VOICES: Domestic violence has become a pandemic within a pandemic

Jane Keiffer is the Executive Director of Artemis Center. She received her Masters of Social Work from the University of Kentucky and her undergraduate degree in Psychology from the University of Toledo.  Jane has been an employee of Artemis Center for the past 25 years, serving at the director for the last 5 years.  She is qualified to served as an expert witness on the area of domestic violence in court proceedings. Jane participates on several committees in the community, advancing best practices for working with survivors of domestic violence and their children.  She provides numerous trainings to the community which includes police officers, prosecutors, victim advocates, and many other professionals on intimate partner violence.  Jane volunteers for Hospice by baking sweet treats for residents. Jane is a passionate advocate for equality and human rights.
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Jane Keiffer is the Executive Director of Artemis Center. She received her Masters of Social Work from the University of Kentucky and her undergraduate degree in Psychology from the University of Toledo. Jane has been an employee of Artemis Center for the past 25 years, serving at the director for the last 5 years. She is qualified to served as an expert witness on the area of domestic violence in court proceedings. Jane participates on several committees in the community, advancing best practices for working with survivors of domestic violence and their children. She provides numerous trainings to the community which includes police officers, prosecutors, victim advocates, and many other professionals on intimate partner violence. Jane volunteers for Hospice by baking sweet treats for residents. Jane is a passionate advocate for equality and human rights.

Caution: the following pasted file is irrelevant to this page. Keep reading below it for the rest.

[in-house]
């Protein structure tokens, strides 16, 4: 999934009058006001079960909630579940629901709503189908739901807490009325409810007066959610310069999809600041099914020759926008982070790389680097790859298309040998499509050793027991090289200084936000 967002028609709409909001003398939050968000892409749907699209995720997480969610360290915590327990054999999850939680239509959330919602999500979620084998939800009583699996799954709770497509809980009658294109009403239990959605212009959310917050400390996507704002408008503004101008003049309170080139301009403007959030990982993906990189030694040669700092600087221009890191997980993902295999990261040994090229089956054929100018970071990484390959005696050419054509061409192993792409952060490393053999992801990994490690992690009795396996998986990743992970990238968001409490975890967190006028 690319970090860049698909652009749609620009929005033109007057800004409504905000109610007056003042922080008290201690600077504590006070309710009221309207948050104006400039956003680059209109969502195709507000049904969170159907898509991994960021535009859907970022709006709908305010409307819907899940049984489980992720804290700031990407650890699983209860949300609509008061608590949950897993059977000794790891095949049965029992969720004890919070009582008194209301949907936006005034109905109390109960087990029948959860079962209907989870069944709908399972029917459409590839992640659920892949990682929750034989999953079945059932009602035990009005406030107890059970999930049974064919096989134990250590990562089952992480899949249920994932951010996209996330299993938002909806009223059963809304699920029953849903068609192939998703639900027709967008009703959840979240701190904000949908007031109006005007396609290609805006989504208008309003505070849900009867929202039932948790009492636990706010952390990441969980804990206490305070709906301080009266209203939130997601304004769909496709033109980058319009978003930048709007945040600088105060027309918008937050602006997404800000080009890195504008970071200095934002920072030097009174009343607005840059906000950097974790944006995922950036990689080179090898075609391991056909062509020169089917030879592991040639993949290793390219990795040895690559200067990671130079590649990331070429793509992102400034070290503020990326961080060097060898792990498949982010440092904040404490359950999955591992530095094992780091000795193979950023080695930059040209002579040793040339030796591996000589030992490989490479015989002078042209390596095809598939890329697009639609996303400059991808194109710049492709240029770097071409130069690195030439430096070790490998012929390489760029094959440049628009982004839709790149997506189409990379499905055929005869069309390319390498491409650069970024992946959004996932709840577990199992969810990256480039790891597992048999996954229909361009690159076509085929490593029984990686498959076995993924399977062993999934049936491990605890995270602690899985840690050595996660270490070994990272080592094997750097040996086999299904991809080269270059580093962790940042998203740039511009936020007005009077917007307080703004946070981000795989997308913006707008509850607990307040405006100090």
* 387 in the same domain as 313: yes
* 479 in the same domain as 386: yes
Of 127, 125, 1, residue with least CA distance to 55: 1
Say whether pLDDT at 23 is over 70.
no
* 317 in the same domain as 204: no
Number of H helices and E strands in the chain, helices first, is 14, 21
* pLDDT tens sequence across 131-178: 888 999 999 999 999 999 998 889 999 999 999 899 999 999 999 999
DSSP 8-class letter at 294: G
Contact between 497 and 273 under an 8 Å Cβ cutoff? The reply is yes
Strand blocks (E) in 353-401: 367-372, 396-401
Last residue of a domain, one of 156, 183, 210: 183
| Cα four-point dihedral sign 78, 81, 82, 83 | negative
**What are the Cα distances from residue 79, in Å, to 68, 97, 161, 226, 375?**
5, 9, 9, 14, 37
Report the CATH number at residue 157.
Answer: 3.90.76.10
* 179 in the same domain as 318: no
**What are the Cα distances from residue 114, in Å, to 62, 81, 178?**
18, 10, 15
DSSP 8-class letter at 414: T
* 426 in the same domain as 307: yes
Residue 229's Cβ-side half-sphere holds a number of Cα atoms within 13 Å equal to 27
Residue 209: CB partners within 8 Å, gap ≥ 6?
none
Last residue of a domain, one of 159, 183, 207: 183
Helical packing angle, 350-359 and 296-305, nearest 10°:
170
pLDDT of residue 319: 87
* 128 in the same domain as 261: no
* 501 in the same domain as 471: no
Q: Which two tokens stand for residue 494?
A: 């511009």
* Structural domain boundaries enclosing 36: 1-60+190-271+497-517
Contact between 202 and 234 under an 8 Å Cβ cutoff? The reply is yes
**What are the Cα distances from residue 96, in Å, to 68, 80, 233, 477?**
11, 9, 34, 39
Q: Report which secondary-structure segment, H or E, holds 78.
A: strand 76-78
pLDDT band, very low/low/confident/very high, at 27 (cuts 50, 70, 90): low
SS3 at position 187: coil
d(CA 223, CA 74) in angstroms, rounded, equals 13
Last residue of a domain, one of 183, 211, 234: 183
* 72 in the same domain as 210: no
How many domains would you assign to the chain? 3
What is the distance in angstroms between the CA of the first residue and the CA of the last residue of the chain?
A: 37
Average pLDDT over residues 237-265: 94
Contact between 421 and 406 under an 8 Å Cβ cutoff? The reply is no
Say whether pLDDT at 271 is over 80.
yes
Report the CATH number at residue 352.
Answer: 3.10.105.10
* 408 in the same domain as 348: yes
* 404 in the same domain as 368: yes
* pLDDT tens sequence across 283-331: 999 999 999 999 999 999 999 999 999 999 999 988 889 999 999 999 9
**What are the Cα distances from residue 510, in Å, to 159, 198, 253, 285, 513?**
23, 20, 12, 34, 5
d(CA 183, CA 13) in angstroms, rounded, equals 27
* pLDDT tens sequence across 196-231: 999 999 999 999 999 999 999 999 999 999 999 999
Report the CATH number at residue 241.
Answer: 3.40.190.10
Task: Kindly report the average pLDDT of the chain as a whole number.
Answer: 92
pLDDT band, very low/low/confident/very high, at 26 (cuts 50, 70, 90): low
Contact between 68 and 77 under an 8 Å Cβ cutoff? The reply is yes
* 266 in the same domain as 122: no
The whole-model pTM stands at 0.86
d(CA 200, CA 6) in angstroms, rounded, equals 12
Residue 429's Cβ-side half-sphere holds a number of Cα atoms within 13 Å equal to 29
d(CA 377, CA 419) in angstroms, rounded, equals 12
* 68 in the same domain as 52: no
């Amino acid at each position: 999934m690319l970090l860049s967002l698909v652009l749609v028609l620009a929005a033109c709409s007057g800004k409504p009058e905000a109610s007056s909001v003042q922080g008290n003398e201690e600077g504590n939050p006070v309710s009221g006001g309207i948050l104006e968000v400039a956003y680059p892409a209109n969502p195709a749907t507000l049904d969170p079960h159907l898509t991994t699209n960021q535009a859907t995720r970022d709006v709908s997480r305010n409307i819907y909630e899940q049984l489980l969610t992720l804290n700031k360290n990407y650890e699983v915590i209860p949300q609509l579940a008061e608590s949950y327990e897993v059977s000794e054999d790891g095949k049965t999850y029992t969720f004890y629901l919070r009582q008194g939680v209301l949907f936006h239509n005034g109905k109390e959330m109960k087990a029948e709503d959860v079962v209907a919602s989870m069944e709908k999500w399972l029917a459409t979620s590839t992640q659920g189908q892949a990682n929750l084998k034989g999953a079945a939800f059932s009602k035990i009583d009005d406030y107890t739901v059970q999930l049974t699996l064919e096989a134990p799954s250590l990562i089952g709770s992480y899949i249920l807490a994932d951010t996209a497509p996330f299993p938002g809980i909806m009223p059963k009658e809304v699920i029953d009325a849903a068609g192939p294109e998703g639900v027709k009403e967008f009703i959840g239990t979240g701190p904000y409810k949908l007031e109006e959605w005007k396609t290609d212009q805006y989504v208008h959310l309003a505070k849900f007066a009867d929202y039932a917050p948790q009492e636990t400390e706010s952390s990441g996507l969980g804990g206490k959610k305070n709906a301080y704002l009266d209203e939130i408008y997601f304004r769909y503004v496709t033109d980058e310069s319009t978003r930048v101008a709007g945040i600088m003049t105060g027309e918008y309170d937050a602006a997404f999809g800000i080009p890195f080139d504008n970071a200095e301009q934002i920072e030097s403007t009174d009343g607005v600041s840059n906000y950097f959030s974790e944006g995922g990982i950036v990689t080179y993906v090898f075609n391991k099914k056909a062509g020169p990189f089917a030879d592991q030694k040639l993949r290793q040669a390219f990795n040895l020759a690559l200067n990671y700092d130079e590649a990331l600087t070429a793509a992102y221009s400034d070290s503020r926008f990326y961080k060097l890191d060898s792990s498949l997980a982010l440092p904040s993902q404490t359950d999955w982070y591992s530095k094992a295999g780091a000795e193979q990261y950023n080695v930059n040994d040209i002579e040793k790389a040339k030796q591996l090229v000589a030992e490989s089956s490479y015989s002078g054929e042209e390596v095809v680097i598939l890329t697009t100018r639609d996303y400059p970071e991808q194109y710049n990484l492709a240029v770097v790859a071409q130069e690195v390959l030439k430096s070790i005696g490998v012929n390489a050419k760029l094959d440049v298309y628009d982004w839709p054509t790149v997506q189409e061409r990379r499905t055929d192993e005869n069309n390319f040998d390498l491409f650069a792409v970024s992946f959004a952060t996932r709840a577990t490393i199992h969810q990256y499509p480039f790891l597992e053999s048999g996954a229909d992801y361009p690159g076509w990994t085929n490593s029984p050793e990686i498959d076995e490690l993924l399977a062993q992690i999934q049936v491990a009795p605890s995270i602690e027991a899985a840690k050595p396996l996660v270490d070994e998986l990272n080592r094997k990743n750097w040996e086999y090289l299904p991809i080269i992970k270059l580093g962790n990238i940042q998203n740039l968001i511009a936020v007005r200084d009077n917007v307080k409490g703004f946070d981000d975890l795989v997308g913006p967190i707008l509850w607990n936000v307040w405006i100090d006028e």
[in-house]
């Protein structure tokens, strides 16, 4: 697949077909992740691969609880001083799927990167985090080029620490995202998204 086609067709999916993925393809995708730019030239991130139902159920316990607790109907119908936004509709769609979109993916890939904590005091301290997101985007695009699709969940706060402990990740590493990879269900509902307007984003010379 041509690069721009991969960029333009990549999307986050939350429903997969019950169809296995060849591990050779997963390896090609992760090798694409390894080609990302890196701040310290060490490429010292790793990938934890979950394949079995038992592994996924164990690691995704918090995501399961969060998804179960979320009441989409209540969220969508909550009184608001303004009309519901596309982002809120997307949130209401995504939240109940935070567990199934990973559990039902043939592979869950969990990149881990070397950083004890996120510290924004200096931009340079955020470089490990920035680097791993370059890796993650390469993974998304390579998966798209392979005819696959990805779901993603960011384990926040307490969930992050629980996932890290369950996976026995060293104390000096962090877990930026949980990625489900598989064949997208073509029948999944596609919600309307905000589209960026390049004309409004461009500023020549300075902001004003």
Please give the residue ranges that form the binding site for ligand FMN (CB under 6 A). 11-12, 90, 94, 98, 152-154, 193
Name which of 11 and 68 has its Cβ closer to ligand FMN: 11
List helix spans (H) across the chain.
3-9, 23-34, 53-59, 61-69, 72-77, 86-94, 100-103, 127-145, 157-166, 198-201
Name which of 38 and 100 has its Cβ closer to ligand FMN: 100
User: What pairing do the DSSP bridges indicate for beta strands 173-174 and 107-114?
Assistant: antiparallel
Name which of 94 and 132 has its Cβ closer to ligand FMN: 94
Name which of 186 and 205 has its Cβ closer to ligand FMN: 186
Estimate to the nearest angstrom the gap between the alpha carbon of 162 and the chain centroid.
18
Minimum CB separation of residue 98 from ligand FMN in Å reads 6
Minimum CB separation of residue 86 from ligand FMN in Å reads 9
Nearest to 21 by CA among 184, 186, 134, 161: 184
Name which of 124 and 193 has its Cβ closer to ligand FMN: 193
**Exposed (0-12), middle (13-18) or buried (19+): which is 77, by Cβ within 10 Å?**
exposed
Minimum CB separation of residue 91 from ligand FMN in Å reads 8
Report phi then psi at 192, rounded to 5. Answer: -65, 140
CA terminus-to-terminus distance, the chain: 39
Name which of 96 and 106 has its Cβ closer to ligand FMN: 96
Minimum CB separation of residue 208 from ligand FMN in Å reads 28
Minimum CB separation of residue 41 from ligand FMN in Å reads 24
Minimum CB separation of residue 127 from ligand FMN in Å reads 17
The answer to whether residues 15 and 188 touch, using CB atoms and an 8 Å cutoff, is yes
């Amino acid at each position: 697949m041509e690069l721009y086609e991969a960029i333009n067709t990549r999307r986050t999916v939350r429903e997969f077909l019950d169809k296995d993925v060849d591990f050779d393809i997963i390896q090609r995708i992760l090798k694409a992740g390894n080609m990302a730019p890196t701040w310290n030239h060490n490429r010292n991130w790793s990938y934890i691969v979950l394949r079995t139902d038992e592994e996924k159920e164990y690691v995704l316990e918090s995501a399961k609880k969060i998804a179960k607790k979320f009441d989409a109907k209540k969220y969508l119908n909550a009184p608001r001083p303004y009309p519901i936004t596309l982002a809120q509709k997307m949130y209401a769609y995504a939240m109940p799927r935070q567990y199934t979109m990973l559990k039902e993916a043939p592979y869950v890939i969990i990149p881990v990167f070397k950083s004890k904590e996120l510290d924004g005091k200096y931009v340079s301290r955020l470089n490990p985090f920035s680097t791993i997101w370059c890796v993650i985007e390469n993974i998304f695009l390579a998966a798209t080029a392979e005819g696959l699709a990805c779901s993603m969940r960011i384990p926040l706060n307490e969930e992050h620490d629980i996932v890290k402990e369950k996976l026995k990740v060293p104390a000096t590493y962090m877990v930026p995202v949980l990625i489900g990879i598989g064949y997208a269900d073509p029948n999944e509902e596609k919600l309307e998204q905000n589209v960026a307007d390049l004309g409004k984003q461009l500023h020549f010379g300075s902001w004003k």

With the Gabby Petito tragedy, domestic violence is back in the news. In fact, domestic violence has become the pandemic within the COVID-19 pandemic. During “normal” times, one in four women will experience intimate partner violence in their lifetime. During “normal” times, a woman is shot and killed by her spouse or intimate partner every 16 hours. With the onset of COVID, Artemis Center has seen an increase in domestic violence, sexual assault and stalking cases both locally and nationally.

ExploreDomestic violence deaths increased during pandemic

Although Petito was strangled, more often firearms are an abuser’s weapon of choice. Guns can be used for intimidation or coercion. The mere presence of a gun creates a power imbalance in the relationship and keeps a victim in fear of what could happen if they attempt to leave their partner.

Domestic violence is about gaining and maintaining power and control over an intimate partner. An abuser utilizes a variety of tactics to control and coerce their partner. Tactics include physical, sexual, emotional, spiritual, and financial abuse, threats and reproductive coercion. Abusers often “gaslight” and ridicule their partners, making victims feel foolish for their thoughts and behaviors and convincing them that the abuse is their fault. Isolation is a highly effective tactic, abusers keep survivors from family, friends and community.